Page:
Charlie and I get an early look at our 100% plastic-free packaging

All we needed was a few successful test results to confirm all their internal data and we would be taking the market by storm. We were just 24 hours away from launching a pre-sale, but we decided to wait for a bit more data before we pulled the trigger.

Thank goodness we did. It turns out the technology was not capable of being scaled up to mass manufacture and would not be capable of holding a liquid for enough time for consumers to use.

Try and try again

So, one year of work, a project already massively over budget, and we were back to the very beginning. We were very close to abandoning the whole project. I think they say third time lucky?

We came across a small manufacturing partner who had worked with Morrama, our design agency and had been working with bamboo pulp to create a 100% plastic free bottle that would fully degrade at the end of use.

We still had a lot of challenges to solve, as the initial samples started to decompose in a few weeks and we needed at least six months shelf life to make our product viable.

Finally, after several months of trial and error, we managed to get the bottle to the required specifications and fit for our launch – 18 months later than initially planned.

Since announcing the launch to our community the response has been unrivalled from anything we have previously launched. It is clear the effort required to deliver the innovation has been worthwhile – even if not good for my sleep!

Why startups need to be Wild at heart

If you are a startup, you need a higher risk threshold. You have to move faster than larger corporations, who have many times more resources and capital than you will ever have.

You also have to be comfortable with risk and failure as these are side effects of landing innovative new product development.

For Wild it has been really important to take leadership by owning and vocalising mistakes made with the team. We have made sure we are transparent with all stakeholders in the business on our progress and this has helped manage any disappointment.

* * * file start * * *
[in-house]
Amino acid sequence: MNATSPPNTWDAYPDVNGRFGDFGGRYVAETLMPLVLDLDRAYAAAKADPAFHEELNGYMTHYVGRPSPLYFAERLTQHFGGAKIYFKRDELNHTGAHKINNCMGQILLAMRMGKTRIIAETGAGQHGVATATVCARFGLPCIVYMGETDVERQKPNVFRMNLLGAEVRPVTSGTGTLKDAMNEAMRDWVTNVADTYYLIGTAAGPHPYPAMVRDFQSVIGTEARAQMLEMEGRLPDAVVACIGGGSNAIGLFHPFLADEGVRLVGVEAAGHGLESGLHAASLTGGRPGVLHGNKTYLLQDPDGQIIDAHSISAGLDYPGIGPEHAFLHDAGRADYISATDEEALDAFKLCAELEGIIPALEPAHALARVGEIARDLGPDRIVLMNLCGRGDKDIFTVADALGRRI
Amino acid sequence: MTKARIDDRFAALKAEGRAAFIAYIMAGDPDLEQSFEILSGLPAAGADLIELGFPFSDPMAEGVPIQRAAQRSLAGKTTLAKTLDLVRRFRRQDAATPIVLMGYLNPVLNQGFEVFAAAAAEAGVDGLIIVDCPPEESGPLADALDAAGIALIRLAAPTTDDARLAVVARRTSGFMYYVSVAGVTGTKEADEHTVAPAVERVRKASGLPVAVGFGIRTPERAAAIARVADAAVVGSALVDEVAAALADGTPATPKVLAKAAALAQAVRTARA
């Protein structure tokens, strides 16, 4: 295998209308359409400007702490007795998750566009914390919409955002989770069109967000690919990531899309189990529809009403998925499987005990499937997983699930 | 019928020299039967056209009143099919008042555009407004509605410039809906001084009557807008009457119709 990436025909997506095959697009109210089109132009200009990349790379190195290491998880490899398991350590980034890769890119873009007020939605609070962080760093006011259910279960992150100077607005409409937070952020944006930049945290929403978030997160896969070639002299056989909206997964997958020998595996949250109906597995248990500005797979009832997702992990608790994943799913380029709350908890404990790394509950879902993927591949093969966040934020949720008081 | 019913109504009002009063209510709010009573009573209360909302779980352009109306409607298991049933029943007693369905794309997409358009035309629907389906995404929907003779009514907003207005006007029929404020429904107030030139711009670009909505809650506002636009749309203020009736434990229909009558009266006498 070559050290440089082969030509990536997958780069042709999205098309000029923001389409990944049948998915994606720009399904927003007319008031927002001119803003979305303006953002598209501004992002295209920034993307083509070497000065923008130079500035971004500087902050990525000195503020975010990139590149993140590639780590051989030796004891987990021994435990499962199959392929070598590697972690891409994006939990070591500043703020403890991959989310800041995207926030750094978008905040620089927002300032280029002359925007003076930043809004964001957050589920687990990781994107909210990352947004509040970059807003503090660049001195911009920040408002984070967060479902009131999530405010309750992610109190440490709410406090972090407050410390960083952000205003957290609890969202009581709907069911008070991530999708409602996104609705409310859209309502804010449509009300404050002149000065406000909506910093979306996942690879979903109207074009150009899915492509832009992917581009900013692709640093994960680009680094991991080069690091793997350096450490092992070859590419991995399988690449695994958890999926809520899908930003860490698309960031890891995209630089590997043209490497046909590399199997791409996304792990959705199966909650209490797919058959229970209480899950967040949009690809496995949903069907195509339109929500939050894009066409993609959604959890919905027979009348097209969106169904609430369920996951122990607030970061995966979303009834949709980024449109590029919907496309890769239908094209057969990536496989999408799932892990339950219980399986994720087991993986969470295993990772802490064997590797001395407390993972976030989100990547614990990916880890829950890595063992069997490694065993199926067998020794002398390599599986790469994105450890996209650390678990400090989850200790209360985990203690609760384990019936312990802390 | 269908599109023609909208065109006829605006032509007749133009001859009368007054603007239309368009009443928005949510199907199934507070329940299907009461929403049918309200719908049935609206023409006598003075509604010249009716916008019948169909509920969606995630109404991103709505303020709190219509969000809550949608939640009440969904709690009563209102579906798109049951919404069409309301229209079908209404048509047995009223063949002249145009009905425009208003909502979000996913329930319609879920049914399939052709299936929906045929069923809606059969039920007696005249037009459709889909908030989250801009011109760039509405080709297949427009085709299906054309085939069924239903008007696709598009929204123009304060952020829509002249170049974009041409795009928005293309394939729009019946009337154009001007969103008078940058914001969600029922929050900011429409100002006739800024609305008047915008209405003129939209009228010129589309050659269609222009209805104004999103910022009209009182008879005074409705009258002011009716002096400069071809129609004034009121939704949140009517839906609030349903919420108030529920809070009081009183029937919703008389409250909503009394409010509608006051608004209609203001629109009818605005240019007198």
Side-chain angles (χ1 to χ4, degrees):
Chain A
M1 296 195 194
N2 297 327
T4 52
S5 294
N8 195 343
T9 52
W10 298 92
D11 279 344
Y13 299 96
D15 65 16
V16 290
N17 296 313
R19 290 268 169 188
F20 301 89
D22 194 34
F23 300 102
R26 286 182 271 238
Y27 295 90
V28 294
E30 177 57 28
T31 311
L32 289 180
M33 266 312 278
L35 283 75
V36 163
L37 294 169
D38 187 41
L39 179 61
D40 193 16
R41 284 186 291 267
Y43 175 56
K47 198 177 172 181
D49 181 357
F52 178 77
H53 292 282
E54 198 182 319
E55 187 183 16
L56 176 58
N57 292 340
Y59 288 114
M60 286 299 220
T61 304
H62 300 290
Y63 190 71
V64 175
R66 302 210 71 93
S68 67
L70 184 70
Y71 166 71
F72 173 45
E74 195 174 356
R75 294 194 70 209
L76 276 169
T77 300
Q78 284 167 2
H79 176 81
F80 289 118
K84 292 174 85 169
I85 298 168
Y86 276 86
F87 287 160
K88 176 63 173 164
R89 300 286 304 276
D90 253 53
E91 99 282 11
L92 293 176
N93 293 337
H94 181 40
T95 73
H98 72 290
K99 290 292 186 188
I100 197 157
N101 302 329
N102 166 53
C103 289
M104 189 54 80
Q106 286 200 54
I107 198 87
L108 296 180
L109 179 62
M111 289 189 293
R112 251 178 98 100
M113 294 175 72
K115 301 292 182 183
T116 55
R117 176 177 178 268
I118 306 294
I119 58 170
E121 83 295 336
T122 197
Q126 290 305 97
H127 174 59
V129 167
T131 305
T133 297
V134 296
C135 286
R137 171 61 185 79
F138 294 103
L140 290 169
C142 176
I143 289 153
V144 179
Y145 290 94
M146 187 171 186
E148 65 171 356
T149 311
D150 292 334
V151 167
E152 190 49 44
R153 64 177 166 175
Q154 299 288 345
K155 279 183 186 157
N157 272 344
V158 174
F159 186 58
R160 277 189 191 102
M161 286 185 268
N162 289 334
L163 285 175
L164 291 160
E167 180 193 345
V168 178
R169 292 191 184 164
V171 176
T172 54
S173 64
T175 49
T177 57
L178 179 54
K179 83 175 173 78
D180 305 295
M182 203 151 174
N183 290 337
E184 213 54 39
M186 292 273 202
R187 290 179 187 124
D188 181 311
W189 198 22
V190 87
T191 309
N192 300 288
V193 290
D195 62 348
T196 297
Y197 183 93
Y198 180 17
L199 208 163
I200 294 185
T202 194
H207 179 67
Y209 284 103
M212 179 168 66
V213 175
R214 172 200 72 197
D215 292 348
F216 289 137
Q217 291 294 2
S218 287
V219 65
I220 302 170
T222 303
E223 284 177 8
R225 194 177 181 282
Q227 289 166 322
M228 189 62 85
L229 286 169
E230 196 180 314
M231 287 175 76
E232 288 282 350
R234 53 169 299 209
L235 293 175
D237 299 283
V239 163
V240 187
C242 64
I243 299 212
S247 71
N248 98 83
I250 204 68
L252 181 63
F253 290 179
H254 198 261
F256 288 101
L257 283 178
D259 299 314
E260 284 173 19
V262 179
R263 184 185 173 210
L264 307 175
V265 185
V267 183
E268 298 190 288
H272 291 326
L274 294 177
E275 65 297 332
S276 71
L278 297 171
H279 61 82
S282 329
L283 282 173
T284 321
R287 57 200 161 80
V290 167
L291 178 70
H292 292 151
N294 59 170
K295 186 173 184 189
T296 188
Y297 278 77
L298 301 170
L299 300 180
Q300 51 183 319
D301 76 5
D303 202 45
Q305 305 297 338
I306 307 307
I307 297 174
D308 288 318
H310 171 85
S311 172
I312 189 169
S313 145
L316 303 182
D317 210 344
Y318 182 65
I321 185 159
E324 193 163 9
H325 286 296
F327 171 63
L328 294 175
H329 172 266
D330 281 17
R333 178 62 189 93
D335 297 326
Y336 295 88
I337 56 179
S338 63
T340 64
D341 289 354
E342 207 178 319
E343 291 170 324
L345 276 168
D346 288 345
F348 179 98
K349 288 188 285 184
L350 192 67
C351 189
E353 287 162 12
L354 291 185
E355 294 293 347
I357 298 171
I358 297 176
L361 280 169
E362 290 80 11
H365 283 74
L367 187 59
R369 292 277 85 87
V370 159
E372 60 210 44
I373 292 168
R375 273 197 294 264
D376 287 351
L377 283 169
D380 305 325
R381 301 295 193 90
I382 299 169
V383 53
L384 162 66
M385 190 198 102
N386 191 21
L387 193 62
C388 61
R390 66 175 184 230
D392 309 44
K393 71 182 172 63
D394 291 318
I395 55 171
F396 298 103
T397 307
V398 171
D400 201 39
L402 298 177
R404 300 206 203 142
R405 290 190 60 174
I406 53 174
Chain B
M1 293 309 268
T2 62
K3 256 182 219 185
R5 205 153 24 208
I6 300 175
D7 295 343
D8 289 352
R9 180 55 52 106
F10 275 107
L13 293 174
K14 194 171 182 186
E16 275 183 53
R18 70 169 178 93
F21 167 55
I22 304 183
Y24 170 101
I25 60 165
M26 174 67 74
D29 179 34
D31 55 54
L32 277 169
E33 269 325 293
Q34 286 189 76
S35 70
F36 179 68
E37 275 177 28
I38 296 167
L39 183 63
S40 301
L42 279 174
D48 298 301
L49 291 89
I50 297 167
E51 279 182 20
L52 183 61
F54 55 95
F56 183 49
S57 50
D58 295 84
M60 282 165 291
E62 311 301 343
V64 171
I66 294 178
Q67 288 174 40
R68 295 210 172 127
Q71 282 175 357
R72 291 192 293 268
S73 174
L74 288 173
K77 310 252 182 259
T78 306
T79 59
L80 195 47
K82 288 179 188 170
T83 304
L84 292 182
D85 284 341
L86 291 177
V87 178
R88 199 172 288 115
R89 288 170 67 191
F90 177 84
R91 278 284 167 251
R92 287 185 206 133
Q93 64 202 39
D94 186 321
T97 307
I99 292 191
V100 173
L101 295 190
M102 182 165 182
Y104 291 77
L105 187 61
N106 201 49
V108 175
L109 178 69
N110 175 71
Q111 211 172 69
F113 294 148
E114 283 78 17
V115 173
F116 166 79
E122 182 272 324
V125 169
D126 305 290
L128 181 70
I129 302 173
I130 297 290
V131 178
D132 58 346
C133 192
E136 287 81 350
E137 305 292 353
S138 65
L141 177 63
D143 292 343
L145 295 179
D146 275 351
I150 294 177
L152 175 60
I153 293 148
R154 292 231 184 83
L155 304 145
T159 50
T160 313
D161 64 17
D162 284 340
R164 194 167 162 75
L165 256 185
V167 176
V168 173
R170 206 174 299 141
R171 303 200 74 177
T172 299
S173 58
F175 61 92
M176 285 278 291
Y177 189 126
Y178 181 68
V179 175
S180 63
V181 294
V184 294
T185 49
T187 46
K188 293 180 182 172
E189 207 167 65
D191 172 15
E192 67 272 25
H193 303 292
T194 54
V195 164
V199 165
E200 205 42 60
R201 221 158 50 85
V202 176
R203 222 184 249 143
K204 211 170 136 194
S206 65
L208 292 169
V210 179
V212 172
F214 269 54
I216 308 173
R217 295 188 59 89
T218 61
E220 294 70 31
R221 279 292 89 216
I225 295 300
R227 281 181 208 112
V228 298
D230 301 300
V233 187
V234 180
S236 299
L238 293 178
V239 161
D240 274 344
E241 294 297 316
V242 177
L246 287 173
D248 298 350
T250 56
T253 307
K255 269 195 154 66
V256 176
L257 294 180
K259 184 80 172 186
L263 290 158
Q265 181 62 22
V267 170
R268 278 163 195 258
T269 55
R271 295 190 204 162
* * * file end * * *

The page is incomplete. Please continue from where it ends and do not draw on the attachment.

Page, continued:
We have also learnt not to bet the house on new innovation, as there are plenty of things that can go wrong.

Next, we’ll spend time reflecting on what we should do differently next time and what we have learnt, whilst often laughing at our mistakes with the value of hindsight.

On this project, no one has messed up more than me and I believe it is critical for the team to see that I don’t have all the answers. But trying to do the best thing for our customers is better than not pushing the boundaries at all.

Written by:
Reviewed by:
Wild Freddy Ward
Freddy Ward is co-founder of Wild Cosmetics, which aims to help consumers cut down on plastic waste with its range of great-looking and great-smelling refillable deodorants. Starting out as an early employee at HelloFresh, Freddy decided to start his own company, Wild with lifelong friend, Charlie Bowes-Lyon in 2019. Wild now has a huge following of loyal customers, with over 321,000 followers on Instagram, and has twice appeared in the Startups 100 Index as one of the UK's fastest-growing startups.